|Suspicion of Acute HIV-1 Infection:
Evaluation/Diagnosis of Acute HIV-1 Infection:
- Health care providers should consider the possibility of acute HIV-1 infection in individuals with signs, symptoms, or the laboratory findings described below and recent (within 2 to 6 weeks) high risk of exposure to HIV-1.a
- Signs, symptoms, or laboratory findings of acute HIV-1 infection may include but are not limited to one or more of the following: fever, lymphadenopathy, skin rash, myalgia, arthralgia, headache, diarrhea, oral ulcers, leucopenia, thrombocytopenia, and transaminase elevation.
- High-risk exposures include sexual contact with a person who has HIV-1 infection or a person at risk of HIV-1 infection, sharing of injection drug use paraphernalia, or any exposure in which an individual’s mucous membranes or breaks in the skin come in contact with bodily fluid that potentially carries HIV-1.
- Differential Diagnosis: The differential diagnosis of HIV-1 infection may include but is not limited to viral illnesses such as EBV and non-EBV (e.g., cytomegalovirus) infectious mononucleosis syndromes, influenza, viral hepatitis, streptococcal infection, or syphilis.
Antiretroviral Therapy After Diagnosis of Early HIV-1 Infection:
- Acute HIV-1 infection is defined as detectable HIV-1 RNA or p24 antigen (the antigen used in currently available HIV Ag/Ab combination assays) in the setting of a negative or indeterminate HIV-1 antibody test result.
- A reactive HIV antibody test result or Ag/Ab combination test result must be followed by supplemental confirmatory testing.
- A negative or indeterminate HIV-1 antibody test result in a person with a reactive Ag/Ab test result or in whom acute HIV-1 infection is suspected requires plasma HIV-1 RNA testing to diagnose acute HIV-1 infection.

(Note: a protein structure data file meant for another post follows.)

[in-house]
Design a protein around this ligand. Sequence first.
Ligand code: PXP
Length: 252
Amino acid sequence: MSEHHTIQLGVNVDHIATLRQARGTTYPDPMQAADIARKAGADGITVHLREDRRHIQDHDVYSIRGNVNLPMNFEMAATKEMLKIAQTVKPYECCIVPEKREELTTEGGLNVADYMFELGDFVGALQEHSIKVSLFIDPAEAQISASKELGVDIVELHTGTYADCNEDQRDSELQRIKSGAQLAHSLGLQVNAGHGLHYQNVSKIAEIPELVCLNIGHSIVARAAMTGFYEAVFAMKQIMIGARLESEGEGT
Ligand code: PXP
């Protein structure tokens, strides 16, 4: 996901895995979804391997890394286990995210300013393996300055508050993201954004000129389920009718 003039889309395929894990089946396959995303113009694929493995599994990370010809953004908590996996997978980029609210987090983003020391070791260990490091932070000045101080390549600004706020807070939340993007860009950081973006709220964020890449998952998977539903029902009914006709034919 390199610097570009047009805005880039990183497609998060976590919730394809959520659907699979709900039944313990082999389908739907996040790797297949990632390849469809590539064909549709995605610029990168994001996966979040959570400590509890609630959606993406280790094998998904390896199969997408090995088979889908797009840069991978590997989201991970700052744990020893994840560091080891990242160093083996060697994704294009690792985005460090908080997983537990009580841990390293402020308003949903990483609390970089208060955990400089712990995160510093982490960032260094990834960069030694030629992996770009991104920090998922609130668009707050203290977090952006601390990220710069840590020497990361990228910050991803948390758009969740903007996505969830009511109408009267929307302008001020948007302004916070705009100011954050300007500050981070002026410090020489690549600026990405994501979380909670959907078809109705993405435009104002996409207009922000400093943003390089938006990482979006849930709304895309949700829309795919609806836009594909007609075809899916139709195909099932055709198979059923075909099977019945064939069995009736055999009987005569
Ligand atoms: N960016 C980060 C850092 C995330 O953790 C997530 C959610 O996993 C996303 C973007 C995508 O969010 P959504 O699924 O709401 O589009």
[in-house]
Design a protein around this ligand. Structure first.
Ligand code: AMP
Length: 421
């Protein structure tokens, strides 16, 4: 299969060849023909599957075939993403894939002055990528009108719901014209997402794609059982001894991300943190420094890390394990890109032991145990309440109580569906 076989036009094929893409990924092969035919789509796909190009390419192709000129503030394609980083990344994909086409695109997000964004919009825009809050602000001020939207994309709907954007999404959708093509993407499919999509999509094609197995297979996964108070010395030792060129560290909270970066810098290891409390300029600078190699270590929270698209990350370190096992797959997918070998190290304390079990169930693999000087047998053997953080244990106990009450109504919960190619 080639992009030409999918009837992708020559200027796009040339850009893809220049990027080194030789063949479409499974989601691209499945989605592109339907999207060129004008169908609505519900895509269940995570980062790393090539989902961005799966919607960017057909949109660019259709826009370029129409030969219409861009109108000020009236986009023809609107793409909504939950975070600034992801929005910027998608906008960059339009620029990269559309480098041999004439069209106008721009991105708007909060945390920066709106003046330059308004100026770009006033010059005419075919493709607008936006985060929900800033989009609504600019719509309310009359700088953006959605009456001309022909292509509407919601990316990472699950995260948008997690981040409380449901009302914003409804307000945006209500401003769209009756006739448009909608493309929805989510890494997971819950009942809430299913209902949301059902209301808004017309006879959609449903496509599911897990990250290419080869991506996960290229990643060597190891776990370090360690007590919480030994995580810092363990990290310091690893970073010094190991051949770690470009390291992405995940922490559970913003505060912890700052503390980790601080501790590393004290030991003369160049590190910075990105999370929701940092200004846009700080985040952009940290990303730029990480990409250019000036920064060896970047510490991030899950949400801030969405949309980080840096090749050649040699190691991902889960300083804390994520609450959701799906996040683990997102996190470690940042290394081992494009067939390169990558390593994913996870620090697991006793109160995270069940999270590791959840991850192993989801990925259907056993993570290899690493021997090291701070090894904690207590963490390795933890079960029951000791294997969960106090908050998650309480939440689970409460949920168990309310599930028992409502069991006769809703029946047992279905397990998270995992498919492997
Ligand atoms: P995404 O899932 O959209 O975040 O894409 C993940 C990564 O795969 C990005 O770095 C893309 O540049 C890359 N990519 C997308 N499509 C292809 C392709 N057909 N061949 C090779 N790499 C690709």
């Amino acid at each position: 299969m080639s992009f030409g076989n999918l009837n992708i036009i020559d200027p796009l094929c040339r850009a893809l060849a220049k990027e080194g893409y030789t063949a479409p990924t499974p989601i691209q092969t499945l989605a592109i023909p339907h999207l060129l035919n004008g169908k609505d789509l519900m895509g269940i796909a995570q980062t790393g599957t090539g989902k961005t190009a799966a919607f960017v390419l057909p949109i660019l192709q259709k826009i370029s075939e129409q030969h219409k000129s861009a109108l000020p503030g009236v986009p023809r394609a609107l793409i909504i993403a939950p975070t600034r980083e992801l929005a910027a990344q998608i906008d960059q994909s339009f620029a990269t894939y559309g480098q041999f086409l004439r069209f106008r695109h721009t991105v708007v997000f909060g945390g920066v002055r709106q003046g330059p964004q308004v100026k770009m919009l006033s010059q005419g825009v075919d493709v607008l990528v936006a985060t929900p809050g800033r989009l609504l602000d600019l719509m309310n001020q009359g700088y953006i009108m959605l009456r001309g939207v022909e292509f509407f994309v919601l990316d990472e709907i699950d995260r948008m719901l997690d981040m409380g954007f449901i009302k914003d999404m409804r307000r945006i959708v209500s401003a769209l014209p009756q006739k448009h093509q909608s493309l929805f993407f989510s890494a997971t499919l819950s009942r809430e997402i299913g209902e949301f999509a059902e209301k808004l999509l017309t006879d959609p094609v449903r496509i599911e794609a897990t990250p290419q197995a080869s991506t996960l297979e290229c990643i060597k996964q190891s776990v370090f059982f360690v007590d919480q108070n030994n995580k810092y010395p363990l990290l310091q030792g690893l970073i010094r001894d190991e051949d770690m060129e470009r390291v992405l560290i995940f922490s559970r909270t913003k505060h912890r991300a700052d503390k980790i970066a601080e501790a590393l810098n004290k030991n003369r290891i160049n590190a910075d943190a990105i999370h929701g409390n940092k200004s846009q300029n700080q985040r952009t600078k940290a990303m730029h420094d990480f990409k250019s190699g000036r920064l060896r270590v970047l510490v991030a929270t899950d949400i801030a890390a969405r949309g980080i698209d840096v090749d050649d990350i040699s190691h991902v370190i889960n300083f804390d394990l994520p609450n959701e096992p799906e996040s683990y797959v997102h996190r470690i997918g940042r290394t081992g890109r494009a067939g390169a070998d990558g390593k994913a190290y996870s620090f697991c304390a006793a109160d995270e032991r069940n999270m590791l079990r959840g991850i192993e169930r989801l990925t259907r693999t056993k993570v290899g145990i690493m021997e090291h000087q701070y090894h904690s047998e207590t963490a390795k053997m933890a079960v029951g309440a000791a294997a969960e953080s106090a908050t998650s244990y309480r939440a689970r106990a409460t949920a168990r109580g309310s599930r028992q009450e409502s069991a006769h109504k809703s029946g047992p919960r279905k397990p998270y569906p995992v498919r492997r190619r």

- A positive result on a quantitative or qualitative plasma HIV-1 RNA test in the setting of a negative or indeterminate antibody test result indicates that acute HIV-1 infection is highly likely. In this case, the diagnosis of HIV-1 infection should be later confirmed by subsequent documentation of HIV-1 antibody seroconversion.
- ART is recommended for all individuals with HIV-1 (AI) and should be offered to all patients with early HIV-1 infection.
- A pregnancy test should be performed for all individuals who receive a diagnosis of early HIV infection and who are of childbearing potential (AIII).
- Pregnant patients with early HIV-1 infection should begin ART as soon as possible for their own health and to prevent perinatal transmission of HIV-1 (AI).
- A blood sample for genotypic drug resistance testing should be obtained before initiation of ART to guide the selection of the regimen (AII), but ART should be initiated as soon as possible, often prior to availability of resistance test results. If resistance is subsequently identified, treatment should be modified appropriately.
- If no resistance data are available, then a pharmacologically boosted PI-based regimen is recommended, because resistance to PIs emerges slowly and clinically significant transmitted resistance to PIs is uncommon. Boosted DRV (DRV/r or DRV/c) plus FTC and either TDF or TAF is a recommended regimen in this setting (AIII). For similar reasons, DTG plus FTC and either TDF or TAF are reasonable options, although the data regarding transmission of INSTI-resistant HIV and the efficacy of this regimen in early HIV infection are limited (AIII).
- Preliminary data from Botswana suggested that infants born to women who were receiving DTG at the time of conception have an increased risk of neural tube defects. Until more information is available, DTG should not be prescribed for individuals:
- Who are pregnant and within 12 weeks post-conception (AII);
- Who are of childbearing potential, who are sexually active, and who are not using effective contraception (AII); or
- Who are contemplating pregnancy (AII).
- In patients without transmitted drug-resistant virus, ART should be initiated with one of the combination regimens recommended for patients with chronic HIV-1 infection (see What to Start) (AIII).
- Once initiated, the goal of ART should be sustained plasma virologic suppression, and ART should be continued indefinitely (AIII).